Thursday, October 17, 2013

Facebook privacy notice is a big fat hoax

Since 2012, Facebook users have been posting a legal-sounding “privacy notice.” By putting the notice on their timelines, they hope, they will become exempt from the terms and conditions of Facebook’s “Data Use Policy,” which users agree to upon initially signing up. 

 “We have noticed this recent status update that is being widely shared implying the ownership of your Facebook content has recently changed,” Alex Kirschner, a member of Faceook’s PR team, explained. “This is not true and has never been the case.”

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While there are some variations, most of the warnings look like this:

For those of you who do not understand the reasoning behind this posting, Facebook is now a publicly traded entity. Unless you state otherwise, anyone can infringe on your right to privacy once you post to this site. It is recommended that you and other members post a similar notice as this, or you may copy and paste this version. If you do not post such a statement once, then you are indirectly ...allowing public use of items such as your photos and the information contained in your status updates.

PRIVACY NOTICE: Warning - any person and/or institution and/or Agent and/or Agency of any governmental structure including but not limited to the United States Federal Government also using or monitoring/using this website or any of its associated websites, you do NOT have my permission to utilize any of my profile information nor any of the content contained herein including, but not limited to my photos, and/or the comments made about my photos or any other "picture" art posted on my profile.

You are hereby notified that you are strictly prohibited from disclosing, copying, distributing, disseminating, or taking any other action against me with regard to this profile and the contents herein. The foregoing prohibitions also apply to your employee, agent, student or any personnel under your direction or control.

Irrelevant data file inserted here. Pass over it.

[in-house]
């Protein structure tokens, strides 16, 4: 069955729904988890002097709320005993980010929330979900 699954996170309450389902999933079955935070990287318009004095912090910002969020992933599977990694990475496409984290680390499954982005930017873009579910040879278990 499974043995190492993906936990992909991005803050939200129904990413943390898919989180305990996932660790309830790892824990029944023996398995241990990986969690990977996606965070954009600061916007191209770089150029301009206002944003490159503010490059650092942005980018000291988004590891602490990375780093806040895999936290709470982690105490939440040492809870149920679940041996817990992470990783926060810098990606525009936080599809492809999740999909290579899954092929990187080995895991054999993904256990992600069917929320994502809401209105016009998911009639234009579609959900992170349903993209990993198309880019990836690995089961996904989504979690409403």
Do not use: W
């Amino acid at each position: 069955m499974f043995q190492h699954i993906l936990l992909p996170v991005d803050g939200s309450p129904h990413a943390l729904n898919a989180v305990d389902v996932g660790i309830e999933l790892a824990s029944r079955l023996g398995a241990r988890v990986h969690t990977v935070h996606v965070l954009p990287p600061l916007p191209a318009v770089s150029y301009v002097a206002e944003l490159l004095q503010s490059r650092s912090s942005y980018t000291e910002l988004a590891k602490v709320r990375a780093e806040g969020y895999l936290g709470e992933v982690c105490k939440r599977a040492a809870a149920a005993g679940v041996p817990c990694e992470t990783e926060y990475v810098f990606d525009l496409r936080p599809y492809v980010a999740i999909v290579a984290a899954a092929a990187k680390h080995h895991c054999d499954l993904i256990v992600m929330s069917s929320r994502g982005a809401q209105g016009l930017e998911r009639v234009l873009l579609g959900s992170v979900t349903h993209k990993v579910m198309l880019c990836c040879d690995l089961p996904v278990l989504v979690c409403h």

The contents of this profile are private and legally privileged and confidential information, and the violation of my personal privacy is punishable by law. UCC 1-103 1-308 ALL RIGHTS RESERVED WITHOUT PREJUDICE

There are a number of inaccuracies here. While Facebook indeed became a publicly traded company, the change has no bearing on how the social network treats user information. Facebook is still bound to the terms and conditions signed by users, even if the actual contents of the contract are usually left unread. The company is also required to provide notification regarding any significant changes to this agreement.

Additionally, the Uniform Commercial Codes cited at the end of the post, "UCC 1-103 1-308" is completely unrelated to privacy or social networking, making its inclusion irrelevant.

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Note that when you join Facebook and set up an account, you are required to indicate acceptance of the established Facebook terms and policies, including the privacy policy. Nobody is forcing you to have a Facebook account, and you are welcome to reject the agreement and refuse to use Facebook, but if you’re using Facebook then you’ve already agreed to abide by the legal terms laid out by Facebook. Therefore, you are not in a position to unilaterally alter the terms of the agreement, legally limit or restrict the rights of any other entity that isn’t a party to the agreement between you and Facebook just by posting some text on your timeline.

Still, Facebook gives you the tools to protect your own privacy, providing a diverse set of privacy controls, and enabling users to choose where and how most status updates, photos, and other Facebook posts are shared.

See the short clip, humorously debunking the myth:

Sources and Additional Information: